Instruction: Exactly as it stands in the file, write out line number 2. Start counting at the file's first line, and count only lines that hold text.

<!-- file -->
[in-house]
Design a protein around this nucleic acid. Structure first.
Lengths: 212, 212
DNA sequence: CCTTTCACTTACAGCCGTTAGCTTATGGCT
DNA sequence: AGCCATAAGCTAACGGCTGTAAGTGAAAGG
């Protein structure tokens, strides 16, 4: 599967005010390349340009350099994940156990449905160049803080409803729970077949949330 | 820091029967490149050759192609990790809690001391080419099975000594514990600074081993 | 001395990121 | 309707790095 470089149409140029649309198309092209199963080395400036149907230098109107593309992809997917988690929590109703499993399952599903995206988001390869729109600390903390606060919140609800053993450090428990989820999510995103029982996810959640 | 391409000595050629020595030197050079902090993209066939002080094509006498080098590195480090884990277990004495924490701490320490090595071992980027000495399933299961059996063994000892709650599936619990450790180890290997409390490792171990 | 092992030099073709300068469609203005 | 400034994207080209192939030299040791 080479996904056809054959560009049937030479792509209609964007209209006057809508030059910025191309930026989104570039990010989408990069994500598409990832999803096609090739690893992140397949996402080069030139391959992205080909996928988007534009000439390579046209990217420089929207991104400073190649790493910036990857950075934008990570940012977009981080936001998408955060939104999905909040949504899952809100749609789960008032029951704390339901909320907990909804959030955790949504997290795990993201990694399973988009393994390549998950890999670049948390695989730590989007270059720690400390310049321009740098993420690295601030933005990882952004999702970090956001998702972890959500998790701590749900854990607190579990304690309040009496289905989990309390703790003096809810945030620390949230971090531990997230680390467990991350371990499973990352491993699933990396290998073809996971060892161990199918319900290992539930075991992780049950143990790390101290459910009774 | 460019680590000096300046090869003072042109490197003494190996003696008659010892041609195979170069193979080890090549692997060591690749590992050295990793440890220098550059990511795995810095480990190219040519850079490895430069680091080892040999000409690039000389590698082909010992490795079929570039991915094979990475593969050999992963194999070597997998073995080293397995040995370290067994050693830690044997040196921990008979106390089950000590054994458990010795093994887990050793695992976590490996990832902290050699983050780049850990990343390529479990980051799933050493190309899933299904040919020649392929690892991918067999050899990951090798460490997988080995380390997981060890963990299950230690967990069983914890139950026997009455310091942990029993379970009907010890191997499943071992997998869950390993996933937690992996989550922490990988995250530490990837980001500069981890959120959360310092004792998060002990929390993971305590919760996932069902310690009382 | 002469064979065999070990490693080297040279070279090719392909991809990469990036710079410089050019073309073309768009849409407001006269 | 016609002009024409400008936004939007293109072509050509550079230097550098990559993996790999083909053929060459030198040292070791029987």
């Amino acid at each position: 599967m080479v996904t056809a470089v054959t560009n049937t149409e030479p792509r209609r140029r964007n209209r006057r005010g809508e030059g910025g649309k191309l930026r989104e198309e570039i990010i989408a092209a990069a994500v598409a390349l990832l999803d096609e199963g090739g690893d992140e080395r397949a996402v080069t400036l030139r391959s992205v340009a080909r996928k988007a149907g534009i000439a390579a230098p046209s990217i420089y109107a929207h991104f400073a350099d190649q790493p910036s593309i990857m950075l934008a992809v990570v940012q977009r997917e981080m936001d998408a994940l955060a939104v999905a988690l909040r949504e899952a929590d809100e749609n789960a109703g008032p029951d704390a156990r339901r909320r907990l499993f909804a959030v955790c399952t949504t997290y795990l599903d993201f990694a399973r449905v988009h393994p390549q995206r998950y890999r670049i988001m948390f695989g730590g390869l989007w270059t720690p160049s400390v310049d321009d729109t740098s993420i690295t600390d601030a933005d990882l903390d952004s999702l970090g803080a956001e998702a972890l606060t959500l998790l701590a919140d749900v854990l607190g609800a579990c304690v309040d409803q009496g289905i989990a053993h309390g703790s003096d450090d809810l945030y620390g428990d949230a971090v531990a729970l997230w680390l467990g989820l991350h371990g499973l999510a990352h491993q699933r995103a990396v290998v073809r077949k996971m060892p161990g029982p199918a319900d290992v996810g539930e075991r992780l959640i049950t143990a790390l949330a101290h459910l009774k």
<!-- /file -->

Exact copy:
Design a protein around this nucleic acid. Structure first.